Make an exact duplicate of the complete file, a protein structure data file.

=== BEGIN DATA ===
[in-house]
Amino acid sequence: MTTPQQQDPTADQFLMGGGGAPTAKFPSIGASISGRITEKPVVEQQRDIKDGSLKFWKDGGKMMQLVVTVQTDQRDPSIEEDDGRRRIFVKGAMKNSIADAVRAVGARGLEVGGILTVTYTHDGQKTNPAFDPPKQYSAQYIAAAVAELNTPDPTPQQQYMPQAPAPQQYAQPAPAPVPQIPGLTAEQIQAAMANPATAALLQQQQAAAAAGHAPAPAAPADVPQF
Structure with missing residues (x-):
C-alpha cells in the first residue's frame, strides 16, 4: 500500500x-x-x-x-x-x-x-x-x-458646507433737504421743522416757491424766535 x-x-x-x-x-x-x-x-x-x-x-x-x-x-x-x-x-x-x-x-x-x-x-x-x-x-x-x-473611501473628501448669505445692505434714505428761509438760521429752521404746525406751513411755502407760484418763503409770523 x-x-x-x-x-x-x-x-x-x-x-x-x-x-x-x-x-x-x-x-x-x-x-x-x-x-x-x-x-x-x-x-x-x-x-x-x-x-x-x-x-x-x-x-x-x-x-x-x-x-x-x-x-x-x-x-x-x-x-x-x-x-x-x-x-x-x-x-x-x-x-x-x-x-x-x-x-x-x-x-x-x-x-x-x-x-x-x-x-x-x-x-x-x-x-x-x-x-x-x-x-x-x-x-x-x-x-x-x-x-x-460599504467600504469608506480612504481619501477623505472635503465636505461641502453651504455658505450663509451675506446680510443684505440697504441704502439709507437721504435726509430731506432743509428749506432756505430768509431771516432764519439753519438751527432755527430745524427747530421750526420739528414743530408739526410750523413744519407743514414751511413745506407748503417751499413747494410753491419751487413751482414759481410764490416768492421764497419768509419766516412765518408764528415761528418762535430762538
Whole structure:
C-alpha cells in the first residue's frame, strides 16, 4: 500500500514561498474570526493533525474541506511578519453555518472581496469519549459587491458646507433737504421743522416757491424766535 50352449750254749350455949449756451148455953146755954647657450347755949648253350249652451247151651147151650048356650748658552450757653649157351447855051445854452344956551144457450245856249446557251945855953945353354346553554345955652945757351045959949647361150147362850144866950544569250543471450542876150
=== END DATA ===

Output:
[in-house]
Amino acid sequence: MTTPQQQDPTADQFLMGGGGAPTAKFPSIGASISGRITEKPVVEQQRDIKDGSLKFWKDGGKMMQLVVTVQTDQRDPSIEEDDGRRRIFVKGAMKNSIADAVRAVGARGLEVGGILTVTYTHDGQKTNPAFDPPKQYSAQYIAAAVAELNTPDPTPQQQYMPQAPAPQQYAQPAPAPVPQIPGLTAEQIQAAMANPATAALLQQQQAAAAAGHAPAPAAPADVPQF
Structure with missing residues (x-):
C-alpha cells in the first residue's frame, strides 16, 4: 500500500x-x-x-x-x-x-x-x-x-458646507433737504421743522416757491424766535 x-x-x-x-x-x-x-x-x-x-x-x-x-x-x-x-x-x-x-x-x-x-x-x-x-x-x-x-473611501473628501448669505445692505434714505428761509438760521429752521404746525406751513411755502407760484418763503409770523 x-x-x-x-x-x-x-x-x-x-x-x-x-x-x-x-x-x-x-x-x-x-x-x-x-x-x-x-x-x-x-x-x-x-x-x-x-x-x-x-x-x-x-x-x-x-x-x-x-x-x-x-x-x-x-x-x-x-x-x-x-x-x-x-x-x-x-x-x-x-x-x-x-x-x-x-x-x-x-x-x-x-x-x-x-x-x-x-x-x-x-x-x-x-x-x-x-x-x-x-x-x-x-x-x-x-x-x-x-x-x-460599504467600504469608506480612504481619501477623505472635503465636505461641502453651504455658505450663509451675506446680510443684505440697504441704502439709507437721504435726509430731506432743509428749506432756505430768509431771516432764519439753519438751527432755527430745524427747530421750526420739528414743530408739526410750523413744519407743514414751511413745506407748503417751499413747494410753491419751487413751482414759481410764490416768492421764497419768509419766516412765518408764528415761528418762535430762538
Whole structure:
C-alpha cells in the first residue's frame, strides 16, 4: 500500500514561498474570526493533525474541506511578519453555518472581496469519549459587491458646507433737504421743522416757491424766535 50352449750254749350455949449756451148455953146755954647657450347755949648253350249652451247151651147151650048356650748658552450757653649157351447855051445854452344956551144457450245856249446557251945855953945353354346553554345955652945757351045959949647361150147362850144866950544569250543471450542876150